Wild Relative Gene Introgression

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Top left:Triticum timopheevii Top right:Triticum macrochaetum Bottom left:Aegilops mutica Bottom right:Aegilops juvenalis


Top left: Triticum timopheevii Top right: Triticum macrochaetum 

Bottom left: Aegilops mutica Bottom right: Aegilops juvenalis 


The problem

Global population levels are set to increase from 6 to 9 billion by 2050 with the result that we need to increase food production by 70% just to maintain our present nutrition levels, which already includes one billion severely malnourished and a further 100 million at near starvation level1. Since it takes 7-10 years to breed a new wheat variety, the crosses that will lead to the development of varieties in 2020 have already been made. Furthermore, although we need to increase yield in many countries, food production has levelled out either due to climate change, e.g. increased temperature, or, in crops such as wheat, a lack of sufficient genetic variation, thus limiting the ability of breeders to develop higher yielding plant varieties. The identification and exploitation of genetic variation for the development of superior high yielding varieties adapted to the changing environment is therefore of critical importance to meet the challenges of global food security.

One solution

The transfer of genetic variation from the near and distant relatives of our key crop species, wild relative gene introgression, provides a vast and virtually untapped reservoir of genetic variation for agronomically important traits that can be utilised by plant breeders for the development of superior, high yielding, adapted crops. In the monocots, wild relative gene introgression has already had a significant impact on agricultural production. In wheat, examples of key introgressions include those from Aegilops umbellulata (which saved US wheat production from catastrophic failure in 19602,3); resistance to a range of diseases, tolerance to acid soils, increased yield advantage and stability from rye (in the late 1990s a 1B/1R translocation was present in the majority of world wheat varieties and a number of the present global top varieties, e.g. "Rialto", still carry it4); a gene from Ae. ventricosa  conferring resistance to eyespot has been exploited in breeding programmes5; many of the top wheat varieties in Europe, e.g. "Robigus", are derived from unknown introgressions from Triticum dicoccoides; 30% of all wheat varieties produced at CIMMYT are derived from crosses between normal wheat and “synthetic” wheat (synthetic wheat is derived from crosses between Ae. tauschii (syn. Ae. squarrosa), DD genome, and tetraploid wheat, AABB genomes followed by chromosome doubling via colchicine6).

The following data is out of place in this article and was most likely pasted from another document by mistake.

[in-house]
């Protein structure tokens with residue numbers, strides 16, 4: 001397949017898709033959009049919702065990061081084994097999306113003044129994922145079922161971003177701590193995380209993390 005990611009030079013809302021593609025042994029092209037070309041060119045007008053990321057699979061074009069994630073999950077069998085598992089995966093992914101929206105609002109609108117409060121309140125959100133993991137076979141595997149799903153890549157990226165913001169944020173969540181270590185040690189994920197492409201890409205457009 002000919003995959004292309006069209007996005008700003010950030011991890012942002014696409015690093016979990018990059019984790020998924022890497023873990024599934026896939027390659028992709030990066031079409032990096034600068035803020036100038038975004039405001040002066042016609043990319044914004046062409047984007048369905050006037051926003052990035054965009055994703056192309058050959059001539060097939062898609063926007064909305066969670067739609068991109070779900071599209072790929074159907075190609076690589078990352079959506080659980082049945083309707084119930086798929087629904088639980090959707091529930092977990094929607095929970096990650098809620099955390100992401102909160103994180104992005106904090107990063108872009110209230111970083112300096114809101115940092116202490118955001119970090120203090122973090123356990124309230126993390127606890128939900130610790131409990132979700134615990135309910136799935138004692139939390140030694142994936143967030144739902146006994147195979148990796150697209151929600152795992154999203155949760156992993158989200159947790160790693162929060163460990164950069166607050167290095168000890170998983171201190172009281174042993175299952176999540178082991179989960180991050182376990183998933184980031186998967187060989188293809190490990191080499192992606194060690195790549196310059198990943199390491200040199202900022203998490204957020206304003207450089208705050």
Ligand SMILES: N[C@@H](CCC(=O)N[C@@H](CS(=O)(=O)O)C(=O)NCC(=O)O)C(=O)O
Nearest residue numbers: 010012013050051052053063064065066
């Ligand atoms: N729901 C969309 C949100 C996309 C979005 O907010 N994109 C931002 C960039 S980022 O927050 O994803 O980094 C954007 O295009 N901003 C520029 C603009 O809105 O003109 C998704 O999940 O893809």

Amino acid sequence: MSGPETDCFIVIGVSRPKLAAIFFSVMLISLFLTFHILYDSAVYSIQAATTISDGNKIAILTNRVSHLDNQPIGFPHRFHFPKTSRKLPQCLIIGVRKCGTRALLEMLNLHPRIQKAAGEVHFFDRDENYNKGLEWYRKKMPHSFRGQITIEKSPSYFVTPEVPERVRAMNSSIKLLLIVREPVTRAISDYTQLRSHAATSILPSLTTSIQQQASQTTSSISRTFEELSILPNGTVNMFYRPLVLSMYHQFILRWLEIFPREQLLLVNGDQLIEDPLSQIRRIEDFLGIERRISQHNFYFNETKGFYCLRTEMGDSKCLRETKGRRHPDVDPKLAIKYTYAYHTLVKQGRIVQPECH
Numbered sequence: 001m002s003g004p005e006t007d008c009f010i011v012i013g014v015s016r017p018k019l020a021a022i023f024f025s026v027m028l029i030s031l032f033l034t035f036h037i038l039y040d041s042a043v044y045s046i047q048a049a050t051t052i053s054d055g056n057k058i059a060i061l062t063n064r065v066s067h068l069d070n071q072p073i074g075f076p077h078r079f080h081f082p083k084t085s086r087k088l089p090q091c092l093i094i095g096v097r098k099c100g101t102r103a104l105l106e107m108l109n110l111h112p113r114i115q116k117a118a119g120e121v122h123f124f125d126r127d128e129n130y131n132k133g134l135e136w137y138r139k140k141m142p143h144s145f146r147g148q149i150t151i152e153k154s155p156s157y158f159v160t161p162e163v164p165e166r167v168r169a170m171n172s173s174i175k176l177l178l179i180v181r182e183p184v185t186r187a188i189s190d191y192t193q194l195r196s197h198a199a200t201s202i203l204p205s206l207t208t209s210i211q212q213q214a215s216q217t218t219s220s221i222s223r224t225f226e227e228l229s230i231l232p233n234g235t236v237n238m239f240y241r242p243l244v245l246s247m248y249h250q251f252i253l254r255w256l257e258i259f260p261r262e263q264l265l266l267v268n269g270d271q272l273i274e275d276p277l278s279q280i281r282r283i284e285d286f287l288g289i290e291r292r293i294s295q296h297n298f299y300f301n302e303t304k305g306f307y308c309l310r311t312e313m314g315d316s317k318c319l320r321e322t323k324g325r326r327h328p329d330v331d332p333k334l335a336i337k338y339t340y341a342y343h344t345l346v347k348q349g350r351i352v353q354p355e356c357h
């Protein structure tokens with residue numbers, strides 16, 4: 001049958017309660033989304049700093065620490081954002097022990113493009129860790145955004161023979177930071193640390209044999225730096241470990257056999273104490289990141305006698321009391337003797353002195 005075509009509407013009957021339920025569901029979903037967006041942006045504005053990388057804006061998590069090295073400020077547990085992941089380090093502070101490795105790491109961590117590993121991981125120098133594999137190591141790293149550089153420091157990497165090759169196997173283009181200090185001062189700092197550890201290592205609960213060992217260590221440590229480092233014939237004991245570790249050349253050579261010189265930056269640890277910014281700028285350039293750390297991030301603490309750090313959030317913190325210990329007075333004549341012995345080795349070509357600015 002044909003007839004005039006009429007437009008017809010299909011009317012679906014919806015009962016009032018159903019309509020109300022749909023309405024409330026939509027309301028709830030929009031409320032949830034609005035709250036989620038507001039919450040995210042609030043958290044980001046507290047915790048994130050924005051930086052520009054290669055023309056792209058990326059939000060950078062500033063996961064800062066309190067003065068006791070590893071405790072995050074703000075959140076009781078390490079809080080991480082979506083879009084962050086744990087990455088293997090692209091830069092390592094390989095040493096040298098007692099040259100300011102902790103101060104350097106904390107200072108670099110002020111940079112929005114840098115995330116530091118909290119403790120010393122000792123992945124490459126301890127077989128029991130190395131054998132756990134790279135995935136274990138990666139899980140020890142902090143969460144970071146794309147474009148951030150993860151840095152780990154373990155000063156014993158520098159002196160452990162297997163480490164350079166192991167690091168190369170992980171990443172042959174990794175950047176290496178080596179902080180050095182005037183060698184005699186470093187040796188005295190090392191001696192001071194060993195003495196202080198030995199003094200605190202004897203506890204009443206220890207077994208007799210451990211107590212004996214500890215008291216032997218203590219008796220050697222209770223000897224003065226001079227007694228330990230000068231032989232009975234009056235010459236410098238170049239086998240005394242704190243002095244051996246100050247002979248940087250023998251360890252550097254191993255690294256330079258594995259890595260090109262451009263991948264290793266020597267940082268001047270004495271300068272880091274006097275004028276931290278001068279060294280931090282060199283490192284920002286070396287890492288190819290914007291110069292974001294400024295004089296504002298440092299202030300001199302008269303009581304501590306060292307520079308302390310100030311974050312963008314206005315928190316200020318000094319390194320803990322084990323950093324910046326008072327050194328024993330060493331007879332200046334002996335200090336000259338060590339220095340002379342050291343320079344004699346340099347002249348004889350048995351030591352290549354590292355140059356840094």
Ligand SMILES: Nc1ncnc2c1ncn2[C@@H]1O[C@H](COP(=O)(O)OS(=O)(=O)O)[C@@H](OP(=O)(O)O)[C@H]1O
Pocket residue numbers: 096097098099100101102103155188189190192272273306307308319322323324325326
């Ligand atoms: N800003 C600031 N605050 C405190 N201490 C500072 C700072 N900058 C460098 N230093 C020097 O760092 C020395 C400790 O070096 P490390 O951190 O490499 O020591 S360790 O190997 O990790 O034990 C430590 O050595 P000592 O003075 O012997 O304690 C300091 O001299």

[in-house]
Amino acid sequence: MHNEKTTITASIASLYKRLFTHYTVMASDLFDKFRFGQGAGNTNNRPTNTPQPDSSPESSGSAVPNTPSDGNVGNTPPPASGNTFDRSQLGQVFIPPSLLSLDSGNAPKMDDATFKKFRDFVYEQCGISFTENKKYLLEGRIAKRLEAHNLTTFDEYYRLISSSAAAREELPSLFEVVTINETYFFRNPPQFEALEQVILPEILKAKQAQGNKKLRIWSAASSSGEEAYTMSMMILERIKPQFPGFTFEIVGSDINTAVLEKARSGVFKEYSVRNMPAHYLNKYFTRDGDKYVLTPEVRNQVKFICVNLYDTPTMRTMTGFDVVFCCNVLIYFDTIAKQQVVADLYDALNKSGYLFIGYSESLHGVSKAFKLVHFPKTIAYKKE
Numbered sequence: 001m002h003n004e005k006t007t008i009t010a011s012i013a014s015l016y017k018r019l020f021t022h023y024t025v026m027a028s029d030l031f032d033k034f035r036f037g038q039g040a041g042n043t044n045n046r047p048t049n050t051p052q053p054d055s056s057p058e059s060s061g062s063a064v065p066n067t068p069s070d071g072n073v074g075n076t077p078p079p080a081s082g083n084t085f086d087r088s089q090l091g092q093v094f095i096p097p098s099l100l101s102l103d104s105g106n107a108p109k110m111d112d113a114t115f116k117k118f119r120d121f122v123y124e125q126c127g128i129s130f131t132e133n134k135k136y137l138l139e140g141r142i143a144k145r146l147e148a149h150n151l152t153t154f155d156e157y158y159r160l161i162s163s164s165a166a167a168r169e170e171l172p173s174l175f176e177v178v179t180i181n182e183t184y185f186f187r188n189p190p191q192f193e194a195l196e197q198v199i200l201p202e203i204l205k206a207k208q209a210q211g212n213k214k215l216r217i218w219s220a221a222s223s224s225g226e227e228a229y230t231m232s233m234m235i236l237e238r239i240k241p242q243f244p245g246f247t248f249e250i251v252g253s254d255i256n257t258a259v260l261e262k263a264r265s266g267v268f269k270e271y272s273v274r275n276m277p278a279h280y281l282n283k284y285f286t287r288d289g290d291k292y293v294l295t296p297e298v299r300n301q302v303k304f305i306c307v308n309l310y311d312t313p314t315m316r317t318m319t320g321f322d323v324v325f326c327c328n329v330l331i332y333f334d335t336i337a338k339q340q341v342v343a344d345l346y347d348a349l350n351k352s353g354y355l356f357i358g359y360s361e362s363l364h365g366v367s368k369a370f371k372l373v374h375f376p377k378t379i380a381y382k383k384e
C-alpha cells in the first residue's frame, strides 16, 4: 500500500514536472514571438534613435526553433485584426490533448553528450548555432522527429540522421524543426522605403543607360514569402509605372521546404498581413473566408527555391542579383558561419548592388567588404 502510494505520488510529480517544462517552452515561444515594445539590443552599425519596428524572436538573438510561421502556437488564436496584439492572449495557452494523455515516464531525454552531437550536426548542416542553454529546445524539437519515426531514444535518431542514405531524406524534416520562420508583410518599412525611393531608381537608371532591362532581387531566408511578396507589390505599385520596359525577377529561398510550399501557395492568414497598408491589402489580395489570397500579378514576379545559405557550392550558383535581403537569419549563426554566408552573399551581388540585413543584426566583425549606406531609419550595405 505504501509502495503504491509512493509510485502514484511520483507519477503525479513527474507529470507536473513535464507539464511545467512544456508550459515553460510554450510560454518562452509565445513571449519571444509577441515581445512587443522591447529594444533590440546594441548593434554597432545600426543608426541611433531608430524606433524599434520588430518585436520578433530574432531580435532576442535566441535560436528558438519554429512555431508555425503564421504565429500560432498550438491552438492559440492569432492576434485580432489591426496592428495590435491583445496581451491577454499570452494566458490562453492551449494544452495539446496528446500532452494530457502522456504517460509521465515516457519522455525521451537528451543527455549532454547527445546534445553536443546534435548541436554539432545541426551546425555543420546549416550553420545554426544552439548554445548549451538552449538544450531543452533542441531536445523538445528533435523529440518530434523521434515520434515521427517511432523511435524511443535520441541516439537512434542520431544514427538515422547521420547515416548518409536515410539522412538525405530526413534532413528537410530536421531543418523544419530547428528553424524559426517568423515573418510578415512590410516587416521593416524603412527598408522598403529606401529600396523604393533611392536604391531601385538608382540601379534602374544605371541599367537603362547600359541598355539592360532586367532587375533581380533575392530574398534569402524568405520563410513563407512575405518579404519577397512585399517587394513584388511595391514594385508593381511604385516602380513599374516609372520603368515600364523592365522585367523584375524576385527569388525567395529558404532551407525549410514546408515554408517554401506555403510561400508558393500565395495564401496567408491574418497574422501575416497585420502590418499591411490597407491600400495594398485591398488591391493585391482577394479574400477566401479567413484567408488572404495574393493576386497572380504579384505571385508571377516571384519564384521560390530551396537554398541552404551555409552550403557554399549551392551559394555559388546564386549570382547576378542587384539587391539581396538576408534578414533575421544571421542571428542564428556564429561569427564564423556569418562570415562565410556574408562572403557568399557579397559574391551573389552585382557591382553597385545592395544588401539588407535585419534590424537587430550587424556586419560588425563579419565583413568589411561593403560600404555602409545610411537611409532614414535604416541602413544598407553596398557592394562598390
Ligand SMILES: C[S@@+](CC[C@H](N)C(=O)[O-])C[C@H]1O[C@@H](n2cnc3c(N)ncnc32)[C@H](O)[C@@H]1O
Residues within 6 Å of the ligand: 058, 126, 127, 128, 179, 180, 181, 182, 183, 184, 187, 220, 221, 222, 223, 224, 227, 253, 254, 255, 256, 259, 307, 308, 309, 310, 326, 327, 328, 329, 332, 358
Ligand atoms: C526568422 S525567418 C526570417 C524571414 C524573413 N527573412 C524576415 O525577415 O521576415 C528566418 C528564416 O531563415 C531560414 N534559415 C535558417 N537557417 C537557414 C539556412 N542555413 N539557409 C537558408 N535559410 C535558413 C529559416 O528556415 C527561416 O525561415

What is wild relative gene introgression